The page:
Measurements of socioeconomic status (SES)
The primary measures of SES used in this study were based on the scale of Elley and Irving.35 The scale places each occupation into one of six categories (6 = unskilled labourer, 1 = professional) based on the educational levels and income associated with that occupation in data from the latest New Zealand census.
Socioeconomic conditions may change during childhood, and rather than take the measurement from a single point at birth or early in life, we calculated childhood SES as the average of the higher SES level of either parent, assessed repeatedly from the study member’s birth through to age 15 (n = 1031). Although homemakers, unemployed, and students are not classified, only six study members could not be assigned an SES category between birth and age 15. The distribution of SES classifications was 1–1.9 = 14.3%; 2–2.9 = 19.9%; 3–3.9 = 34.8%; 4–4.9 = 23.2%; 5–6 = 7.2%.
To address the issues of whether adult SES has an impact on current asthma, and also whether the experience of asthma during childhood impacts on adult SES, the adult SES score was measured according to the study member’s own Elley-Irving category at age 26 (n = 934, the remaining cohort seen at 26 were homemakers, students, or unemployed and were omitted).35
Alternative measures of SES
Parental income taken as the total income of both parents recorded on two occasions (ages 13 and 15) and expressed as the mean of the totals at these ages (n = 955) was used as an alternative measure of childhood SES. The highest level of educational achievement by age 26 (1 = no qualifications; 2 = school certificate only (the most basic New Zealand qualification); 3 = higher level school qualification (e.g. sixth form certificate), or post-school qualification (e.g. trade certificate diploma); 4 = bachelors degree or higher) was used as an alternative measure of adult SES (n = 980).
Asthma, wheeze and cough
At age 9 the accompanying adult (usually mother) answered questions on current wheezing and coughing symptoms and also provided a retrospective history of respiratory symptoms and illnesses since birth. The frequency, severity, trigger factors, and treatment of symptoms were recorded, including whether a diagnosis of asthma had been made.36 At age 11, 13, and 15 questions were asked regarding symptoms since the last assessment. At age 18, 21, and 26 a self-administered questionnaire,37 to which we added questions from the American Thoracic Society questionnaire,38 was completed by the study member before the interviewer administered questionnaire.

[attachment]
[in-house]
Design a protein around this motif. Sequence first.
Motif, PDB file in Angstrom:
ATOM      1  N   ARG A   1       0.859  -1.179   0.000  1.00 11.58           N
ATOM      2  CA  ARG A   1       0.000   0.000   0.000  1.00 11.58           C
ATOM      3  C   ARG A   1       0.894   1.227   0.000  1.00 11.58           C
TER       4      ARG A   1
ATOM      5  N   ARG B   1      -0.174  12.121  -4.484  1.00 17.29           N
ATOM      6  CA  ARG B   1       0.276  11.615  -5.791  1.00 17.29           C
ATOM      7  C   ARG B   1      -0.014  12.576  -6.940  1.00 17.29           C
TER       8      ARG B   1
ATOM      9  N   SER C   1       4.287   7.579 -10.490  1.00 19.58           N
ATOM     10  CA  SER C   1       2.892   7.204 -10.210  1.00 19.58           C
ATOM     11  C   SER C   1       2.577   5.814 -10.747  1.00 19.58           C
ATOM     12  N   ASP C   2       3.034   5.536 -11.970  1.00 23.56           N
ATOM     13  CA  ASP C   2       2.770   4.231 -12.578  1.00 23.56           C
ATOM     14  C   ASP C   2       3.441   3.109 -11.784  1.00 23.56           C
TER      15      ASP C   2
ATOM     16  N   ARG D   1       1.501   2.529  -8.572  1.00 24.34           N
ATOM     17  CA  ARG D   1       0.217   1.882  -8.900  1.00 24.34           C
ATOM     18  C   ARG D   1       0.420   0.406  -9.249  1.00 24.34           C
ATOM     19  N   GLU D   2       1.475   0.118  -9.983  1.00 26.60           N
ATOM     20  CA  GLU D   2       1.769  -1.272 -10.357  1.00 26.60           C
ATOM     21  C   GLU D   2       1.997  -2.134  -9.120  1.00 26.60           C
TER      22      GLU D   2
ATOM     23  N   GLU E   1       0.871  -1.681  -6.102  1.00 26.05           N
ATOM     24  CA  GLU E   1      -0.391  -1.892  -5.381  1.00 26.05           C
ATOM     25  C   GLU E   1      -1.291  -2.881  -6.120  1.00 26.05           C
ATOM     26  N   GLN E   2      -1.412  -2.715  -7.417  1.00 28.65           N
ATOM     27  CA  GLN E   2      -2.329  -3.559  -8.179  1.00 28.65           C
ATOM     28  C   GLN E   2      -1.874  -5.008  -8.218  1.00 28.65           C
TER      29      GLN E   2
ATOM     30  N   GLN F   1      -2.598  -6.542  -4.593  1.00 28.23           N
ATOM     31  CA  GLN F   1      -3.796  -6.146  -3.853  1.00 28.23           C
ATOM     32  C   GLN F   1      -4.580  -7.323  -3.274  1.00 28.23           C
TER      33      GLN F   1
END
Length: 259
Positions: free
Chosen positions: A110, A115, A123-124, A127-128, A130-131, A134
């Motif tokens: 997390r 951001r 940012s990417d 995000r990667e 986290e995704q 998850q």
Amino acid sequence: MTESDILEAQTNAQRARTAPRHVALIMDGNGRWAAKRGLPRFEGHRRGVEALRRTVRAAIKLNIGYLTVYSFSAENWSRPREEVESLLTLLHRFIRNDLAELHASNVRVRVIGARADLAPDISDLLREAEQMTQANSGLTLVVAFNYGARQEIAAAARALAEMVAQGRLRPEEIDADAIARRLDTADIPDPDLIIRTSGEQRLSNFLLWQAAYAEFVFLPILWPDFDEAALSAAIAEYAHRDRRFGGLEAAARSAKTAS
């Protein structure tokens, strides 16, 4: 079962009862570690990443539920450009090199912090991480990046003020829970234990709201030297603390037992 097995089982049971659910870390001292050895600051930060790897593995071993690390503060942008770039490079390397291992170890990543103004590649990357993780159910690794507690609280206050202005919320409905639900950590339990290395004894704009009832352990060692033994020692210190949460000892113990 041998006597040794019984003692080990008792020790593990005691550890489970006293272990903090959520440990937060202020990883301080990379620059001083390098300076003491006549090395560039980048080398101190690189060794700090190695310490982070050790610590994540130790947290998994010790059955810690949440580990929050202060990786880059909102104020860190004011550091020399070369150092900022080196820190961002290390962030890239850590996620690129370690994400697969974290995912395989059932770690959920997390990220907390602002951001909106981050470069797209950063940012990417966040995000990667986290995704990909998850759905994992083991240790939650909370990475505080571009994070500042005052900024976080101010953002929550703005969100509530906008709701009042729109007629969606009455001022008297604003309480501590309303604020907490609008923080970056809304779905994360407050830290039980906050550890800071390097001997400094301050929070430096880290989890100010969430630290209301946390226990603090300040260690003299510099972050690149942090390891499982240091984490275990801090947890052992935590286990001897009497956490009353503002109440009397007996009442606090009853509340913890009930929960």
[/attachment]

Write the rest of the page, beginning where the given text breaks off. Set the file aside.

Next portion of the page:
Current asthma was defined as diagnosed asthma with symptoms in the previous year. Current wheeze was defined as all reported wheezing, excluding those with only one or two episodes of wheezing each lasting for less than 1 hour in the previous year. Asthma treatment included any bronchodilator, corticosteroid, or cromoglycate medication.
Lung function and airway responsiveness
Spirometric tests were performed at each assessment from age 9, recording the best of three acceptable forced expiratory manoeuvres without prior bronchodilator (within 6 hours). At 18 and 26 bronchodilator responsiveness was measured by repeating the spirometric tests 10 minutes after nebulised or metered dose salbutamol (200 μg) via a large volume spacer. At ages 9, 11, 13, 15, and 21 a methacholine challenge was performed using a modified Chai protocol39 as previously described and validated.40 Five deep inhalations of methacholine 0.025 mg/ml were administered through a Hudson Updraft nebuliser and spirometric tests were repeated after 30 seconds and 2 minutes. Provided the forced expiratory volume in 1 second (FEV1) fell less than 20%, further methacholine was administered at concentrations of 0.25, 2.5 and 25 mg/ml. The procedure was stopped when FEV1 fell by 20%, if there were symptoms of concern, or after the final concentration. The provoking concentration causing a 20% fall in FEV1 (PC20) was determined by linear interpolation. A PC20 of 8 mg/ml or less was regarded as increased airway responsiveness. Study members showing airflow obstruction at baseline (FEV1/FVC <75% at 9 and 11 years or <70% at older ages) were not challenged but instead were retested after salbutamol. An increase in the FEV1 of 10% of baseline or more was regarded as indicating bronchodilator airway responsiveness.